عنوان مقاله [English]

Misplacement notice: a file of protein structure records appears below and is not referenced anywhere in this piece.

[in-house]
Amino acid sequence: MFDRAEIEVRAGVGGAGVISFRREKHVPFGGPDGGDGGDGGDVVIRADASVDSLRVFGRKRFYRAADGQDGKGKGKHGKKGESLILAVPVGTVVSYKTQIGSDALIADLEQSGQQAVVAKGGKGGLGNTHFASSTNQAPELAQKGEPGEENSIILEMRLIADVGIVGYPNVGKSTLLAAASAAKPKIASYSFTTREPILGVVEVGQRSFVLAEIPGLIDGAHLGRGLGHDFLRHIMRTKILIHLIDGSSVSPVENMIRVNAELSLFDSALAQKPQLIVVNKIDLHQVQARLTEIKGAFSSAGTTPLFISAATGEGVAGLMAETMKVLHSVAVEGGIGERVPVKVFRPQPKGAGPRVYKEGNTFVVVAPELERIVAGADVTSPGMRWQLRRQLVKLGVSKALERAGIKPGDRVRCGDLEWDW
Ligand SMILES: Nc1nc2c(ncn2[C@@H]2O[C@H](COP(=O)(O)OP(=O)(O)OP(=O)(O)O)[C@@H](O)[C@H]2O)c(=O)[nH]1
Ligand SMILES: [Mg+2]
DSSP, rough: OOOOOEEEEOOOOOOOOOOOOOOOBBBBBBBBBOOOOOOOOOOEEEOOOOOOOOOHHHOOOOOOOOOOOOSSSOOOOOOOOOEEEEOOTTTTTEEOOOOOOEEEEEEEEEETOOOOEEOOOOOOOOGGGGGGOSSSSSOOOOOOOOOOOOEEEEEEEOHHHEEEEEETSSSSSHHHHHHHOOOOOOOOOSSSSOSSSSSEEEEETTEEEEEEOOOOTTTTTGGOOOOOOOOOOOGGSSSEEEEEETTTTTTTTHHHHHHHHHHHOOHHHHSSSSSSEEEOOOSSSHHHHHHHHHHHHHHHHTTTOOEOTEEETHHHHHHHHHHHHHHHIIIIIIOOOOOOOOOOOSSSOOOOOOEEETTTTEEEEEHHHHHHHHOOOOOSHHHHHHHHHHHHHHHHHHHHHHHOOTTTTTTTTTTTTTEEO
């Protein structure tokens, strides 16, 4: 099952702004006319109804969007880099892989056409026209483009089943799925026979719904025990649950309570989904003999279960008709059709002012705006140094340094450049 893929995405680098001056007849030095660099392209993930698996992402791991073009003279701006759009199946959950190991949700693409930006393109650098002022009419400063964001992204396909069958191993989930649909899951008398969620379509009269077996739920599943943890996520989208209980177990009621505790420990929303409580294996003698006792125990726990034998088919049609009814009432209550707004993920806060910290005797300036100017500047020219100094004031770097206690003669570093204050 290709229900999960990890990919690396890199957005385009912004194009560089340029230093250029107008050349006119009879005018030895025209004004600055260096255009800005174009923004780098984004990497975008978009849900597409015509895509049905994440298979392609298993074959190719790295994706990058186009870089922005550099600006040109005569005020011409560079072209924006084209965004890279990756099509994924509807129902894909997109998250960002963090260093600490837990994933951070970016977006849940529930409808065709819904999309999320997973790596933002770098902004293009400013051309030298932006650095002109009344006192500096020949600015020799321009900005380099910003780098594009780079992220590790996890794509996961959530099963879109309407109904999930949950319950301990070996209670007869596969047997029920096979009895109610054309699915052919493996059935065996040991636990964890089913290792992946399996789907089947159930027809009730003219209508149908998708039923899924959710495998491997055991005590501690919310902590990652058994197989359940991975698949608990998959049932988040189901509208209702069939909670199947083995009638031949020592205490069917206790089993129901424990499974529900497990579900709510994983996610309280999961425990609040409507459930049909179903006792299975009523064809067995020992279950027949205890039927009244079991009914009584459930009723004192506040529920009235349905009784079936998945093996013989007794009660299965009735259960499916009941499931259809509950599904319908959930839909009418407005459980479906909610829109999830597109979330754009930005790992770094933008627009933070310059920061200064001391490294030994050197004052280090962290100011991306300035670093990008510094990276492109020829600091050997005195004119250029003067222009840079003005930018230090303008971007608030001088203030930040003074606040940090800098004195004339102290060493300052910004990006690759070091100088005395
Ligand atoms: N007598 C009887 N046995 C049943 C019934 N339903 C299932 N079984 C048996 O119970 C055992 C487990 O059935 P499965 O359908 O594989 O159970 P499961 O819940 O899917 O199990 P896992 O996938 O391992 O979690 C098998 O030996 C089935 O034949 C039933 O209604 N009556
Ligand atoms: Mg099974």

Modeling of fluid-driven fractures, arguably one of the most challenging computational problems in geoengineering, has been the subject of numerous investigations. The thrust of these efforts has been directed, however, towards the mechanics of deep hydraulic cracks, with subsurface hydraulic fractures receiving comparatively little attention. Nonetheless, there are numerous circumstances when the propagation of a fluid driven fracture in a solid medium is influenced by the presence of a free surface: remediation of contaminated soils, excavation of hard rock by injection of fluids, preconditioning and cave inducement in mining, waste disposal, and fracture propagation in dams. Furthermore, there are also spectacular examples of geological processes that involve near-surface magma-driven fractures. Investigations have addressed various aspects of the problem, both analytically and numerically, for some further references. It is, however, only recently that there has been a rigorous effort to study the parametric dependence of a fluid-driven fracture and the corresponding different limiting regimes. An explicit solution for fracture propagation in the toughness-dominated regime has been constructed by Garagash [Engineering Fracture Mechanics, 2006], when the energy dissipated in the viscous fluid flow inside the fracture is negligibly small compared to the energy expended in fracturing the solid medium. It was also shown that the established method of asymptotic expansion in small parameters is equally applicable to study other small effects (e.g., fluid inertia) on the otherwise toughness-dominated solution. This paper represents an analytical method for solving the problem of plane-strain hydraulic fracture propagating in an impermeable brittle rock under large toughness and axisymmetric conditions. The flow of incompressible fluid in the fracture is unidirectional and laminar. Fracture propagation is described in the framework of linear elastic fracture mechanics (LEFM). The fracture is fully fluid-filled at all times. This problem has been examined by Garagash [Engineering Fracture Mechanics, 2006] without considering the interaction effect of inertia and viscosity parameters. In this work, the net pressure in the fracture, the crack opening, and the fracture half-length are obtained from the perturbation solution considering this interaction effect on the otherwise toughness-dominated solution. The results are compared with analytical reference solutions.